The Philadelphia Flyers PowerPlay was founded as the Philadelphia PowerPlay with the purpose of providing an athletic and social environment for people who use power wheelchairs in their daily lives. While sports such as Challenger’s Baseball, Wheelchair Basketball, and Sled Hockey have been established for some time, there was a need for a competitive sport that could be played in a power wheelchair.
This team was started by our founder and former team manager, Pat Hilferty, as a school activity in 1999. He and other students played once a week after school under the guidance of their physical and occupational therapists. Upon the graduation of Pat and a few of the other students, Pat wanted to formally organize. The Philadelphia PowerPlay was born in September of 2003. The team plays twice a month and provides an outlet not only for members to play hockey but for the team to socialize in an atmosphere of acceptance. The family members have also been greatly affected in that they have others who share the everyday struggles and happiness that come with a disabled family member.
The Philadelphia PowerPlay have participated in seven tournaments: four U.S. Championships, comprised of powerhockey teams in the United States, and three Powerhockey Cups, made up of powerhockey teams in both the US and Canada. The U.S. Championships take place on every odd-numbered year while the Powerhockey Cups are played on every even-numbered year.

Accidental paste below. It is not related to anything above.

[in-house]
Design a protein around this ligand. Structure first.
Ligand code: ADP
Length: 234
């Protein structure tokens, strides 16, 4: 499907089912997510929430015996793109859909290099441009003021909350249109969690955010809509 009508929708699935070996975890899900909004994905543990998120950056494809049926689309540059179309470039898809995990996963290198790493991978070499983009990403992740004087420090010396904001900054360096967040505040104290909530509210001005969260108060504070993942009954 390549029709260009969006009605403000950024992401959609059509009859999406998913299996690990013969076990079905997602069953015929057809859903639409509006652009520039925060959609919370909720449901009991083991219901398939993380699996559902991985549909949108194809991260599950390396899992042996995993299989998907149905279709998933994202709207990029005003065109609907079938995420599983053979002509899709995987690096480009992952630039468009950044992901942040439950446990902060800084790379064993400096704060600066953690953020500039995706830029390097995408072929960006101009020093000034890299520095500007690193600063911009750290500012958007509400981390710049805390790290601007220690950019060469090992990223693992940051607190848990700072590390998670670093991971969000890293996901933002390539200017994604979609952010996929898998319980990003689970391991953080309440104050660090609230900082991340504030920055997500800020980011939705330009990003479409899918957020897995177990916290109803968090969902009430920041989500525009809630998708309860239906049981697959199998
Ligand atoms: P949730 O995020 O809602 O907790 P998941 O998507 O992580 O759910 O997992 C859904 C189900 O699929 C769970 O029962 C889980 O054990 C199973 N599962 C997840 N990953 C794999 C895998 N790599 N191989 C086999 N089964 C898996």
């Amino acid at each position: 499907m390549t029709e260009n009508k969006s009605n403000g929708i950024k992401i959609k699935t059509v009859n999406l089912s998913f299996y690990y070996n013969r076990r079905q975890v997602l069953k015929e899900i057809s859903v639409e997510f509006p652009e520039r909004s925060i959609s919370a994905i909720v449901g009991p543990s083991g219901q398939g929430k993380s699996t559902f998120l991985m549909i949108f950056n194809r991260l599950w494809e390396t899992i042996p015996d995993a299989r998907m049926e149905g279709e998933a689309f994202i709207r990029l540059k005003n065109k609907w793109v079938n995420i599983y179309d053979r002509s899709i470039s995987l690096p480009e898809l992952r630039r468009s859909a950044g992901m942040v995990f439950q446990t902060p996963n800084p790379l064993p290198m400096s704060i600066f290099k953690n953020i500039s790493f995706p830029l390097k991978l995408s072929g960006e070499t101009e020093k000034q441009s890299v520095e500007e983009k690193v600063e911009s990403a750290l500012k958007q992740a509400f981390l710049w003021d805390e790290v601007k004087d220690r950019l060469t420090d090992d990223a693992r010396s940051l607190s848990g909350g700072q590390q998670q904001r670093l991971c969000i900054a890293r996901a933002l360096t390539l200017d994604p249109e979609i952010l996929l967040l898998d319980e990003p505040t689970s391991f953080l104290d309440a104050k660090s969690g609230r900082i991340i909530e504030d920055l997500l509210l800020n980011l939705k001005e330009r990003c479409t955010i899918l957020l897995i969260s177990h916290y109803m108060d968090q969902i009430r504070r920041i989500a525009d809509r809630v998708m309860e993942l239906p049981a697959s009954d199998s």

The Philadelphia PowerPlay participated in their first tournament in 2009 at the Carolina PowerHockey Invitational in Raleigh, North Carolina. The tournament consisted of the Michigan Mustangs, Minnesota Selects, and the hosting team, Carolina Fury.
After not competing in the 2010 Powerhockey Cup in Toronto, the following year, the PowerPlay hosted their first tournament, the 2011 U.S. Championship in Aston, PA. The PowerPlay finished in third place after defeated Carolina Fury in the bronze medal game.
In 2012, the PowerPlay traveled north of the border to play in their first international tournament, the Powerhockey Cup in Ottawa, Canada. As the youngest team in the tournament, the PowerPlay turned some heads with their fight and spirit but ultimately finished in sixth place out of eight teams.
In 2013, the PowerPlay hosted their second tournament, the U.S. Championship in Aston, PA. They defeated the Michigan Mustangs 9-4 in the finals to capture their first United States Powerhockey championship.
The PowerPlay traveled to St. Paul, Minnesota for the 2014 Powerhockey Cup. They advanced to the finals after a dramatic comeback against the Calgary Selects in which Jake Saxton scored the game-winning goal in overtime. The undefeated PowerPlay faced off against another undefeated team, the Minnesota Saints. Despite another comeback effort, the PowerPlay fell short and lost 5-4.
Philadelphia Flyers PowerPlay
Patrick Hilferty passed away in May of 2017 from complications due to his Muscular Dystrophy. The team had established an on-going relationship with the Philadelphia Flyers of the NHL, and the Flyers adopted the team as the first power hockey team to be affiliated with an NHL team. This was done to honor Pat’s memory and to encourage other NHL teams to reach out to their respective disabled communities to spread the message and grow the sport of power hockey.